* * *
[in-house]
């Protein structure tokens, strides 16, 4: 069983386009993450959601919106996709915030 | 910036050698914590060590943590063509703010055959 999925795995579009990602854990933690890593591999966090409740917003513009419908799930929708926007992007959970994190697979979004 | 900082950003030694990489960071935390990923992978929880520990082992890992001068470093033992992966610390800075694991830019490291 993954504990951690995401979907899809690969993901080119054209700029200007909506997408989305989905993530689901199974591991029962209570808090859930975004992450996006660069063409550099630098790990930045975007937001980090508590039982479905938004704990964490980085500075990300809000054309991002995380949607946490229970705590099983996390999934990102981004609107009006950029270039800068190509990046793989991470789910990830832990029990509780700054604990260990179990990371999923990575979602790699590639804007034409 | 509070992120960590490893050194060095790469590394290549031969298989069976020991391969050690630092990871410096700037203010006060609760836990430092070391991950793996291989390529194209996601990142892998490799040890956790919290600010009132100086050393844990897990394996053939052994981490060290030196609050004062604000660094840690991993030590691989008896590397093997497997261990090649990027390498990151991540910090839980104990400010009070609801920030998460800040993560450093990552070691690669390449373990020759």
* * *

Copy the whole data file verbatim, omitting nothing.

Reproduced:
[in-house]
């Protein structure tokens, strides 16, 4: 069983386009993450959601919106996709915030 | 910036050698914590060590943590063509703010055959 999925795995579009990602854990933690890593591999966090409740917003513009419908799930929708926007992007959970994190697979979004 | 900082950003030694990489960071935390990923992978929880520990082992890992001068470093033992992966610390800075694991830019490291 993954504990951690995401979907899809690969993901080119054209700029200007909506997408989305989905993530689901199974591991029962209570808090859930975004992450996006660069063409550099630098790990930045975007937001980090508590039982479905938004704990964490980085500075990300809000054309991002995380949607946490229970705590099983996390999934990102981004609107009006950029270039800068190509990046793989991470789910990830832990029990509780700054604990260990179990990371999923990575979602790699590639804007034409 | 509070992120960590490893050194060095790469590394290549031969298989069976020991391969050690630092990871410096700037203010006060609760836990430092070391991950793996291989390529194209996601990142892998490799040890956790919290600010009132100086050393844990897990394996053939052994981490060290030196609050004062604000660094840690991993030590691989008896590397093997497997261990090649990027390498990151991540910090839980104990400010009070609801920030998460800040993560450093990552070691690669390449373990020759």